Avatar is getting a lot of fanfare at the moment. As it passes the $700 Million mark, people can’t help but wonder if it will go on to beat The Dark Knight’s billion dollar box office take. However, as huge as Avatar is, I still maintain there was a much better film about aliens this year, District 9 (which, incidentally made it onto Chris’ Best Films of 2009 list).
With only an estimated $30 Million budget, District 9 made over $200 million worldwide. Sure, that doesn’t hold a candle to Avatar’s current numbers, but keep in mind James Cameron’s epic cost well over $250 Million. Probably more when you factor in marketing expenses. Given that, District 9 could be considered just as successful.
One might think that with such success District 9 director Neill Blomkamp would be eager to take on a film the likes of Avatar. His stance is quite the opposite, however. Speaking with the L.A. Times, Blomkamp expressed little to no interest in high budget filmmaking, citing reluctance to bend to studio demands:
“That’s exactly right and that’s precisely the reason I don’t want to do high-budget films. I’ve said no already to doing the Hollywood movie thing with big budgets. And that is the exact reason.”
The “exact reason” Blomkamp is speaking of is the recent trend of studios emulating other films instead embracing original content:
“We seem to be in a place now where filmmakers make films based on other films because that’s where the stimuli and influence comes from…And that’s my goal, really, is not to draw from other films in terms of the overall inspiration and stimuli. You can in terms of design and tone and stuff, certainly, but not in terms of the idea and the genesis of that idea.”
I have to say this is refreshing to hear. Since Avatar‘s debut I, along with some other critics, have stated the film’s story was grossly juvenile. It drew from a plethora of other movies, all of which did a better job telling the story Avatar tried to. However, this shortcoming, while widely recognized, is being given a pass simply because Avatar‘s special effects are so good.
The irony in all this is that the special effects in District 9 were equally as good but far more subtle. While Avatar created a vast new environment, the entire world of Pandora, District 9 worked with a real world, our world. Blomkamp seamlessly blended aliens into Johannesburg, South Africa and had them interact with real actors.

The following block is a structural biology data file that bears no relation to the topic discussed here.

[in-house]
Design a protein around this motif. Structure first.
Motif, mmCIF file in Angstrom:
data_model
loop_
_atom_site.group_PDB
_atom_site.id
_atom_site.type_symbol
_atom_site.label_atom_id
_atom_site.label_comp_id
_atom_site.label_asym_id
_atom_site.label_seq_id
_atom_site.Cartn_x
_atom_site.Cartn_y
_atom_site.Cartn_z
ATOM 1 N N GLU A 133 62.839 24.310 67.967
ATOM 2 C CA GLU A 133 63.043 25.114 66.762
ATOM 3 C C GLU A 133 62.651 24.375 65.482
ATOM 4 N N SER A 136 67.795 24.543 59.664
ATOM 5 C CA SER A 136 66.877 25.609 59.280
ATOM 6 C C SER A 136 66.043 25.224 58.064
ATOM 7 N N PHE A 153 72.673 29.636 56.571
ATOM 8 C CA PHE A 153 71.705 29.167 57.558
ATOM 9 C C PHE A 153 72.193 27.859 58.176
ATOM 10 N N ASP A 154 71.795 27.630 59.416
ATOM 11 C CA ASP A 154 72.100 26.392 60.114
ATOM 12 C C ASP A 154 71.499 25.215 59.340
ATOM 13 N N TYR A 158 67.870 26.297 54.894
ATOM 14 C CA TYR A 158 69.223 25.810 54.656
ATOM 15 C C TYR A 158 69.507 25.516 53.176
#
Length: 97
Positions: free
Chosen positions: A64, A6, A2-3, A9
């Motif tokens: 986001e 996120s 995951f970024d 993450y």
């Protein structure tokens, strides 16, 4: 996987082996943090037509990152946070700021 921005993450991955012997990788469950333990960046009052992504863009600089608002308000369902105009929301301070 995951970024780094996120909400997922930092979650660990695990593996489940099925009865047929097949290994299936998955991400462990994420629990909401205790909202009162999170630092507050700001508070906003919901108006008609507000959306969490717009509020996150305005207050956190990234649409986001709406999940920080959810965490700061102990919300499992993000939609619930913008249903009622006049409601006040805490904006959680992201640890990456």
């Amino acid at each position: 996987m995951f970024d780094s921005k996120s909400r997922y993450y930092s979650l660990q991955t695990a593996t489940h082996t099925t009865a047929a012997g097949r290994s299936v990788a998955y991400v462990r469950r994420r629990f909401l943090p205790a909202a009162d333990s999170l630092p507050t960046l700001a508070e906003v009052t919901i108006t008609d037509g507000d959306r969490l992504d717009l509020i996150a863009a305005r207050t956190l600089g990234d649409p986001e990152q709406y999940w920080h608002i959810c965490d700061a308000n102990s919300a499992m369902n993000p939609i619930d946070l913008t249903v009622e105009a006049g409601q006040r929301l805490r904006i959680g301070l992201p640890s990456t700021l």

This nuanced approach was a far greater achievement than Cameron’s creation of an entire computer generated world. In short, Cameron is being credited for making us watch a glorified video game. Nothing I haven’t already seen in Final Fantasy: The Spirits Within (and that came out nine years ago).
Another interesting point to address between these two films is the monetary one. It’s easy to claim Avatar as the greater success given the high ticket sales. However, considering District 9′s shoe-string budget (by Hollywood standards) and hefty return on investment, I would challenge that Blomkamp’s film had greater gains.
Having just come out of a financial meltdown, studios have to optimize their cash flow moving forward. Sure, Avatar turned out to be a huge success but it also represented an enormous risk given the money involved. When weighing future projects a $30 Million loss, while not good, is easier to stomach then a $250 Million one. Studios can’t simply throw a vast amount of money at a project and hope they get it back these days.
Blomkamp himself said it best:
“As long as whoever put up the money for it got their money back and a little bit of profit that was good enough. It wasn’t like some completely capitalistic machine – it was ‘Get a return on your investment and let me be creative.’ That was the goal. I never want to be ruled by the size of the profit, that’s not how I approach it.”
For a time I thought District 9 (as well as Paranormal Activity) may have convinced Hollywood of this new business model (low budget, high return). With less money to work with more emphasis would have to be put on the story itself. Avatar’s release may have undermined all that. Too bad because it will galvanize the notion that as long as a movie looks pretty quality storytelling doesn’t matter.